DATA VISUALIZATION — TUTORIAL — COLOR
A Step-by-Step Color Palette Tutorial for Seaborn, Altair, and ggplot2 (R)
I love to visualize data. And for this, I look carefully into practical and pleasing colors next to data and suitable graphs for any data visualization project. I literally spent hours browsing and selecting colors if these are not set in stone by the project or customer.
When it comes to choosing the perfect graph or colors, you can favor your artistic nerve or try to be very practical. Or something in between. And most often, it is not so easy to go overboard designing your graph until it is perfect.
In this article, I would like to share my resources on finding practical and wonderful color palettes, introduce you to a palette package that works with R and Python, and show you how to apply it with ggplot2, Altair, and Seaborn. Please note that I made it a bit easy for myself using the term “color” for this article, while in reality, we need to differentiate between hue, saturation, and brightness.
There are a few reasons to consider using color in your data visualization.
- Brand recognition: Your readers should automatically recognize the company or organization
- Readability: Your readers should easily distinguish between different parts of your data visualization. You want to look for high contrasting colors easily distinguishable from another. Also, remember that we do not perceive colors in the same way.
- Encoded meaning: If you want to visualize political parties often connected with specific colors. Also, if you’re going to visualize numerical values, consider a particular shading going from low with a light shading to high with darker shading. Or vice versa.
Types of Data
When using color palettes, you also want to think about the type of variable that you want to visualize. You would need a discrete color palette for categorical variables, such as city or country names.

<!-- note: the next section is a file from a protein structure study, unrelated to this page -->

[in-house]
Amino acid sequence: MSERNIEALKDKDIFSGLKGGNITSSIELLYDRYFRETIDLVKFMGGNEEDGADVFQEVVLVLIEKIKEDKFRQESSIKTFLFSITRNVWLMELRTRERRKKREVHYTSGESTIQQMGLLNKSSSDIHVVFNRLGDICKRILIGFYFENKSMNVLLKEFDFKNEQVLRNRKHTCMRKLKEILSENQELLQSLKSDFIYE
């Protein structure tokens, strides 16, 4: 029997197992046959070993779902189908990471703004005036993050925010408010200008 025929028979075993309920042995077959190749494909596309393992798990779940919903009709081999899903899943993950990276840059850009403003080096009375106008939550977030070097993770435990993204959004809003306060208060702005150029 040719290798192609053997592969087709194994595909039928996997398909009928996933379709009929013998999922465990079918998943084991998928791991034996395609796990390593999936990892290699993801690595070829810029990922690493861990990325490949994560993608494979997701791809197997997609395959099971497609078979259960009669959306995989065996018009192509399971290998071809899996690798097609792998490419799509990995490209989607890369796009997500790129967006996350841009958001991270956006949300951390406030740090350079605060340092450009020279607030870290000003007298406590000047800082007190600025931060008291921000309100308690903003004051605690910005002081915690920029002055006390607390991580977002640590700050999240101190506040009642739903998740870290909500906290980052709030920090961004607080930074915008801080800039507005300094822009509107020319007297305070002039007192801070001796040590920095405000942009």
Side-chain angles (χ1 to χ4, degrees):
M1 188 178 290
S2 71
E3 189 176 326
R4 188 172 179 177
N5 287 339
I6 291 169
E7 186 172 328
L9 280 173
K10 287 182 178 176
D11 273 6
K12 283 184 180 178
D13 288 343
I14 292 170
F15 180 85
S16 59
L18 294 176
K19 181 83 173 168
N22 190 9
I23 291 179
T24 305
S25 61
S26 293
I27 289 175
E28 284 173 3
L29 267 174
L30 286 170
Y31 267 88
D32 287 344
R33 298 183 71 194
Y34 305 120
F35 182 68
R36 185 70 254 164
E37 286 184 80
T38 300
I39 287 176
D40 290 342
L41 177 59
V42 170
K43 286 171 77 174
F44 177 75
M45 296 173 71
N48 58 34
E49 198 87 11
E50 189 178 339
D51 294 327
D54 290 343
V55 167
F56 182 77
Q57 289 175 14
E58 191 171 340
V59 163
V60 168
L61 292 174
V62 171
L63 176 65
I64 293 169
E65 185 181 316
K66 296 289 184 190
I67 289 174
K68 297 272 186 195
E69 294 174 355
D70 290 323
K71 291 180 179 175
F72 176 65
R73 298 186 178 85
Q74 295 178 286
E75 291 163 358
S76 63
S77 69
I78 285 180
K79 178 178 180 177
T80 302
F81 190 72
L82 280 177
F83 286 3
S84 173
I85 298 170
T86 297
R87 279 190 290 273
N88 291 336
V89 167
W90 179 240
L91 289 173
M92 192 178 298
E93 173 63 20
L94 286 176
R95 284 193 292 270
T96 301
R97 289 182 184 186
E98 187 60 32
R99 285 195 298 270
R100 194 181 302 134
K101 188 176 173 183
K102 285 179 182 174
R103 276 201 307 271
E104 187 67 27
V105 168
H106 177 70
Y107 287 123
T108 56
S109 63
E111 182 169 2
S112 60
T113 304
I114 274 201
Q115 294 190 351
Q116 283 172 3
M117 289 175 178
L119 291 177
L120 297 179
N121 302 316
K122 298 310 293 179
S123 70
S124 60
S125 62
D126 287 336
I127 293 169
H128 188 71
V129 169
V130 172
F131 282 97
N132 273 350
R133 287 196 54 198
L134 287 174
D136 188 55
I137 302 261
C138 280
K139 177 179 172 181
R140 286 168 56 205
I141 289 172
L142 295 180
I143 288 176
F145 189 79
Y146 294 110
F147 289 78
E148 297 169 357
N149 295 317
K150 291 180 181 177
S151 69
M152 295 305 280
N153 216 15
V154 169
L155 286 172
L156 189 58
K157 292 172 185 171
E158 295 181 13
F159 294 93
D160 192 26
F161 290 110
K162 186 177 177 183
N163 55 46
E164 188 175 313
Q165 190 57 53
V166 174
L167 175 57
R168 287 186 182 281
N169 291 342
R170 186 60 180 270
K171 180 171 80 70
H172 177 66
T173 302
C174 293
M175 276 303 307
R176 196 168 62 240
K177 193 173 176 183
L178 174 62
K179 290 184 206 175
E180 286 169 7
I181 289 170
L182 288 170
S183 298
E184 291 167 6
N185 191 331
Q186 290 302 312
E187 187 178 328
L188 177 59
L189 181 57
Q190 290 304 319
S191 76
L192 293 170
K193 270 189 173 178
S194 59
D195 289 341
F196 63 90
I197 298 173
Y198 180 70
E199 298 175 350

For ordinal variables, such as customer ratings or rankings, choose a color palette that encodes low/high meaning, such as traffic light colors red, orange, and green. For numerical variables, such as Population or price, consider one color with an increasing or decreasing shading.
Please consider this list of websites to find your color palette:
My favorite package that consists of many different color palettes is MetBrewer by BlakeRobMills.
[MetBrewer] Palettes [are] inspired by works at the Metropolitan Museum of Art in New York. All pieces selected come from various time periods, regions, and mediums. Let me know if you have any requests for a particular piece.
I will use data provided by Gapminder, or more practical, utilizing the Gapminder R package and python package. It consists of two categorical variables: Continent and Country, and four numerical values: Year, Life Expectancy, Population, and GDP per Capita.
To apply the color palettes, I briefly introduce the following graphs. I prepared these with R. You will find the python code in the respective sections below. The first one shows a point plot showing the distribution of the two numerical values, GDP per Capita and Life Expectancy. The last is a boxplot that also shows the GDP per Capita data per Continent.